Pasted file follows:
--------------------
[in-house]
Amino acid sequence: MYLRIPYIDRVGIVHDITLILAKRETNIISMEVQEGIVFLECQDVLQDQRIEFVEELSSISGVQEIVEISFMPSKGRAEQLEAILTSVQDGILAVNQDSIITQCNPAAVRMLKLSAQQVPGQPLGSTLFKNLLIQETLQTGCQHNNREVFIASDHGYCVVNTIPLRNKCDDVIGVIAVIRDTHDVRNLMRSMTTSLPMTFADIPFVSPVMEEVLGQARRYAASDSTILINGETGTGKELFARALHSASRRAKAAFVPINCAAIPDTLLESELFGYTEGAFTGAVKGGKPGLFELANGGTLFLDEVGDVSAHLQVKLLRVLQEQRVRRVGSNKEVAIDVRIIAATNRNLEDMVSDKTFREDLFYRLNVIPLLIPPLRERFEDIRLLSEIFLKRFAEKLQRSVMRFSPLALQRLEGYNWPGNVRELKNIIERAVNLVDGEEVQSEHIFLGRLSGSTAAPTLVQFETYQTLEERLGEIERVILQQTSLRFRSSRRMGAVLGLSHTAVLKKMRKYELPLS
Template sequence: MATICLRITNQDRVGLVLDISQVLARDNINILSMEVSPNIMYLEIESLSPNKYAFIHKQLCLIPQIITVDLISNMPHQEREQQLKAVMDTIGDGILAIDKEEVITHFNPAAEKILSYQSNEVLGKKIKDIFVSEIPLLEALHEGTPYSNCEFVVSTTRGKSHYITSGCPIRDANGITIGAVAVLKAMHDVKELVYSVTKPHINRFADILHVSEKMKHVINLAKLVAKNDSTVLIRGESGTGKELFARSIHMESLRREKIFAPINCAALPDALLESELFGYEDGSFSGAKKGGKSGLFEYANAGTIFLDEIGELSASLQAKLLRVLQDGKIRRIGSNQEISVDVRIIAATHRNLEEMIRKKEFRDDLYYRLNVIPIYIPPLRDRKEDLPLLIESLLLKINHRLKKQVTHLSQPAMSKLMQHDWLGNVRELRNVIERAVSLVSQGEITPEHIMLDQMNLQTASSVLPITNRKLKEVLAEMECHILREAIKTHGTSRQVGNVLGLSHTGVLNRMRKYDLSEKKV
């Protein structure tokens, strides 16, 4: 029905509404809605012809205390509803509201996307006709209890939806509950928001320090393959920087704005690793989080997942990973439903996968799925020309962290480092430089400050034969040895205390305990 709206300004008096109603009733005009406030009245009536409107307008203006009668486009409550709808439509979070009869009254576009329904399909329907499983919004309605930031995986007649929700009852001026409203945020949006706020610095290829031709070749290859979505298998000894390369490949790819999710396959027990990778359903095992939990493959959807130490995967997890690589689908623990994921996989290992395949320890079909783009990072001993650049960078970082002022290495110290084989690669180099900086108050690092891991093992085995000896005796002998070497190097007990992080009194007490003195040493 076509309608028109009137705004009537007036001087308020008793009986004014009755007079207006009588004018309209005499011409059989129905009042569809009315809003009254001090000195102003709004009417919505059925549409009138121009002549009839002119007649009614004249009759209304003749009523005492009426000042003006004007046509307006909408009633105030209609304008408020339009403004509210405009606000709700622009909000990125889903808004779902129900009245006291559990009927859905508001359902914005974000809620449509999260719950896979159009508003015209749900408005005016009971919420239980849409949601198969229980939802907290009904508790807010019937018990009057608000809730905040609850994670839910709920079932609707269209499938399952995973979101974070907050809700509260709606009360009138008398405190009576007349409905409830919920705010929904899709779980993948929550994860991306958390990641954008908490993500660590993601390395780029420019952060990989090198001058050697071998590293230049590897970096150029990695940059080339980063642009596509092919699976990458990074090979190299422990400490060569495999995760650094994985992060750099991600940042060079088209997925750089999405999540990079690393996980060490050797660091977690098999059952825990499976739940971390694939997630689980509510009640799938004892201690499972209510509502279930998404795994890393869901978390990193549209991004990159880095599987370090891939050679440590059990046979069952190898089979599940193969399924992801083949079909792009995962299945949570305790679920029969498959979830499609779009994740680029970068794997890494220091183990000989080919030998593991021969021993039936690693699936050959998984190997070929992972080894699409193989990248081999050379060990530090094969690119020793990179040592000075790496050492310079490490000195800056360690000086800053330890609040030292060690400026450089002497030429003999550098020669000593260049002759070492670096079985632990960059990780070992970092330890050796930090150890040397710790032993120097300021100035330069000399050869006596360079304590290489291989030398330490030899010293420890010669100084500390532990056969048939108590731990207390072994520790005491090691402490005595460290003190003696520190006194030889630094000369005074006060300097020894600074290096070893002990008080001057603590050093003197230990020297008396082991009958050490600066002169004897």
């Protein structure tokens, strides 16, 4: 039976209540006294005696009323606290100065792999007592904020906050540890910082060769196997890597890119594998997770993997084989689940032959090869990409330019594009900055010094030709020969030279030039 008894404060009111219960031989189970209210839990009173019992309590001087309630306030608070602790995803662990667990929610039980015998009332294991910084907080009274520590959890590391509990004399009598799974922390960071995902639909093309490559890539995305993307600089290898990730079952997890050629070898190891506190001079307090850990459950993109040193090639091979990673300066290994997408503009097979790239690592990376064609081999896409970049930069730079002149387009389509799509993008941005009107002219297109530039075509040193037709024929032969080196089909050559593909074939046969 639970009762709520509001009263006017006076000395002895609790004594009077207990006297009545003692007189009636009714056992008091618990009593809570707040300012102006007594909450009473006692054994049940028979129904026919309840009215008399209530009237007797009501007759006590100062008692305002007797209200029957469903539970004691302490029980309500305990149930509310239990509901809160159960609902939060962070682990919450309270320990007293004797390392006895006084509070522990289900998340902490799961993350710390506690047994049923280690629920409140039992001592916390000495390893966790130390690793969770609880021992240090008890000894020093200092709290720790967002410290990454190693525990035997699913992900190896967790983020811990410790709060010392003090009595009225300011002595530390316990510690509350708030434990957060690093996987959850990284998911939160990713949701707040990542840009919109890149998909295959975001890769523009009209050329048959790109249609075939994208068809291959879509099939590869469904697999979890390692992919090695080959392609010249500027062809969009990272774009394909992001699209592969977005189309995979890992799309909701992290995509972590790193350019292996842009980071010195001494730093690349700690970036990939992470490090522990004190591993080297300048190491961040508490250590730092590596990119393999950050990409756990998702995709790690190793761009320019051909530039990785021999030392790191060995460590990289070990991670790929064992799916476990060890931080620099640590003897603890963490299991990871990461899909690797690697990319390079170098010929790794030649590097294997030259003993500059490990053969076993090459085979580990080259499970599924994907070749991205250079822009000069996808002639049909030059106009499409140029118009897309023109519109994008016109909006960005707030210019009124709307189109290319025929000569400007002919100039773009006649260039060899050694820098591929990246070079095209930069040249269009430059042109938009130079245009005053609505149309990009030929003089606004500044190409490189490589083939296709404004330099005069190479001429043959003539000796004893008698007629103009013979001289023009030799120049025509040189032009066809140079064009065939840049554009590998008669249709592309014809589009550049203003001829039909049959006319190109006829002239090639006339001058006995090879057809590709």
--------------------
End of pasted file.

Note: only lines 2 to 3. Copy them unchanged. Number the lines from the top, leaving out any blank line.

Amino acid sequence: MYLRIPYIDRVGIVHDITLILAKRETNIISMEVQEGIVFLECQDVLQDQRIEFVEELSSISGVQEIVEISFMPSKGRAEQLEAILTSVQDGILAVNQDSIITQCNPAAVRMLKLSAQQVPGQPLGSTLFKNLLIQETLQTGCQHNNREVFIASDHGYCVVNTIPLRNKCDDVIGVIAVIRDTHDVRNLMRSMTTSLPMTFADIPFVSPVMEEVLGQARRYAASDSTILINGETGTGKELFARALHSASRRAKAAFVPINCAAIPDTLLESELFGYTEGAFTGAVKGGKPGLFELANGGTLFLDEVGDVSAHLQVKLLRVLQEQRVRRVGSNKEVAIDVRIIAATNRNLEDMVSDKTFREDLFYRLNVIPLLIPPLRERFEDIRLLSEIFLKRFAEKLQRSVMRFSPLALQRLEGYNWPGNVRELKNIIERAVNLVDGEEVQSEHIFLGRLSGSTAAPTLVQFETYQTLEERLGEIERVILQQTSLRFRSSRRMGAVLGLSHTAVLKKMRKYELPLS
Template sequence: MATICLRITNQDRVGLVLDISQVLARDNINILSMEVSPNIMYLEIESLSPNKYAFIHKQLCLIPQIITVDLISNMPHQEREQQLKAVMDTIGDGILAIDKEEVITHFNPAAEKILSYQSNEVLGKKIKDIFVSEIPLLEALHEGTPYSNCEFVVSTTRGKSHYITSGCPIRDANGITIGAVAVLKAMHDVKELVYSVTKPHINRFADILHVSEKMKHVINLAKLVAKNDSTVLIRGESGTGKELFARSIHMESLRREKIFAPINCAALPDALLESELFGYEDGSFSGAKKGGKSGLFEYANAGTIFLDEIGELSASLQAKLLRVLQDGKIRRIGSNQEISVDVRIIAATHRNLEEMIRKKEFRDDLYYRLNVIPIYIPPLRDRKEDLPLLIESLLLKINHRLKKQVTHLSQPAMSKLMQHDWLGNVRELRNVIERAVSLVSQGEITPEHIMLDQMNLQTASSVLPITNRKLKEVLAEMECHILREAIKTHGTSRQVGNVLGLSHTGVLNRMRKYDLSEKKV